Workplace Barometer to measure stress and wellness

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Auckland, May 24, 2018

Massey University’s Healthy Work Group has launched a new research project to comprehensively measure the relationship between working conditions and stress-related illness in New Zealand.

Called the ‘New Zealand Workplace Barometer,’ the longitudinal study will identify the psychosocial risk factors in New Zealand workplaces and how those risk factors impact employee wellbeing and organisational performance. The long-term aim is to develop evidence-based interventions for addressing stress-related illness.

Understanding risks

Healthy Work Group Coordinator Professor Tim Bentley said that there is an urgent need for such research, since we don’t understand the extent of these risks in New Zealand workplaces, or how to prevent them.

“Yet, experts predict that, by 2020, stress-related illnesses such as depression and cardio-vascular disease will be the leading causes of disease burden globally.”

The first phase of data collection for the New Zealand Workplace Barometer is now underway, with some of the country’s largest employers and industry bodies participating. Employees are surveyed about their experience of their work environment, including their workloads, levels of inclusion and exposure to bullying and sexual harassment.

The study will then determine how these factors affect individual outcomes, like mental health, and organisational outcomes, like absenteeism and engagement levels.

Environment and Performance

Healthy Work Group Co-Director Associate Professor Bevan Catley said that workplace environment has a large impact on organisational performance.

“That’s not to say that individual factors are not important but the workplace environment is far more influential because making changes at the organisational level can have a very large impact on both staff wellbeing and the bottom line,” he said.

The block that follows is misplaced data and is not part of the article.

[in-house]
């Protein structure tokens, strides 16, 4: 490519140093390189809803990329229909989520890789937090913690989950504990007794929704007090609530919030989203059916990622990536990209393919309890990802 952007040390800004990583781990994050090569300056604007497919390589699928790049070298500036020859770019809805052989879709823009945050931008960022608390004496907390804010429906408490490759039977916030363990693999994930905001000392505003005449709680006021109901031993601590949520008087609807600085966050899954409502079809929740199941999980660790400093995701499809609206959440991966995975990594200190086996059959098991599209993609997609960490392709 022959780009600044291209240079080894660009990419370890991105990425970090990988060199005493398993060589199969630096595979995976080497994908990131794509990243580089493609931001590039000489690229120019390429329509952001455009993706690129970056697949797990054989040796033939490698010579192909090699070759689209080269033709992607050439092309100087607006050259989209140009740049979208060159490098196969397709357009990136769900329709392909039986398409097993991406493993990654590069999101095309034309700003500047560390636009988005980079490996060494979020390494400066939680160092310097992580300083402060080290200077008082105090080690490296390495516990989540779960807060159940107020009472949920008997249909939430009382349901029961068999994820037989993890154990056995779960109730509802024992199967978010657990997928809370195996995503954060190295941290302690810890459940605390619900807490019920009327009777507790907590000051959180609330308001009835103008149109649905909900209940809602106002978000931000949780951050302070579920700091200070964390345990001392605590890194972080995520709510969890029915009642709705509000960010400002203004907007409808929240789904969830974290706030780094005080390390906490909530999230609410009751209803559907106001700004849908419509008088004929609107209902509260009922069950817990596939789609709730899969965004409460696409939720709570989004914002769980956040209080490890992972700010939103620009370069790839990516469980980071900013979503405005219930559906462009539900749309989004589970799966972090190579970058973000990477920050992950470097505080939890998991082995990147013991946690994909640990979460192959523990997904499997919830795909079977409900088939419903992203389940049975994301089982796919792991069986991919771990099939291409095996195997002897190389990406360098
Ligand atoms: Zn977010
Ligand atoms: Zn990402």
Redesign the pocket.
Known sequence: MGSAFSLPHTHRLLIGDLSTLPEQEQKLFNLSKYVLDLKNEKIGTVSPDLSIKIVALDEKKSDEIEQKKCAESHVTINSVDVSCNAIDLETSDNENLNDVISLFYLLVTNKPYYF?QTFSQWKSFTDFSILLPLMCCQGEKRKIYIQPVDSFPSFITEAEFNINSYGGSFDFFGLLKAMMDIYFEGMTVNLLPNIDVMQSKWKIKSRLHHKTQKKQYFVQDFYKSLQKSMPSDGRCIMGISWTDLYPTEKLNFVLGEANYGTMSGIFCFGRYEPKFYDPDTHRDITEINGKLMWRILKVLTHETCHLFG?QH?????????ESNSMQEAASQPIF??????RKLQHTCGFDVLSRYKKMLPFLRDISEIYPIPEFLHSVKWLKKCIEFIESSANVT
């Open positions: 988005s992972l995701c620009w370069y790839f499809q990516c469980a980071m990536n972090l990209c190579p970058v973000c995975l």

About the Survey

Organisations with 50 or more employers participating in the Workplace Barometer survey will receive a confidential summary report with a rating for their psychosocial climate and associated wellbeing and performance indicators.

The organisation’s performance can also be benchmarked against sector or national averages.

The New Zealand Workplace Barometer has been two year in development, with input from world-leading experts in psychosocial risk, including two World Health Organisation collaborating centres in occupational health and the researchers behind the Australian Workplace Barometer.

Key innovations

Professor Bentley said that while the New Zealand Workplace Barometer is based on the Australian research project, the New Zealand study includes some key innovations.

“We have introduced concerns around the future of work to our mode, including the potential technology, globalisation, demographic shifts and 24/7 casualised workplaces have on increasing psychological harm to workers,” he said.

“As jobs become more automated, less people are employed in jobs that are physically hazardous, but more people will be doing jobs that are psychologically hazardous,” Professor Bentley added.

Dr Catley agreed, saying, “For the past couple of decades the focus has been on physical risks, for good reason as New Zealand has had some high profile incidents like Pike River and Cave Creek.

“While psychosocial risks might not be as high profile, they are probably more insidious – just look at our mental health and suicide statistics. We have been focused on safety, so this research project is about putting the health back into health and safety.”

Sign up to participate

The New Zealand Workplace Barometer will be the first comprehensive look at psychosocial risk in New Zealand workplaces. No previous project has collected data on such a wide range of factors using an internationally-validated methodology.

Organisations interested in participating in the research project should contact Zoe Port from the Massey Business School on Z.Port


Photo Caption:

Experts predict that by 2020 stress-related illnesses such as depression and cardio-vascular disease will be the leading causes of disease burden globally.

(Photo by Ben White on Unsplash)

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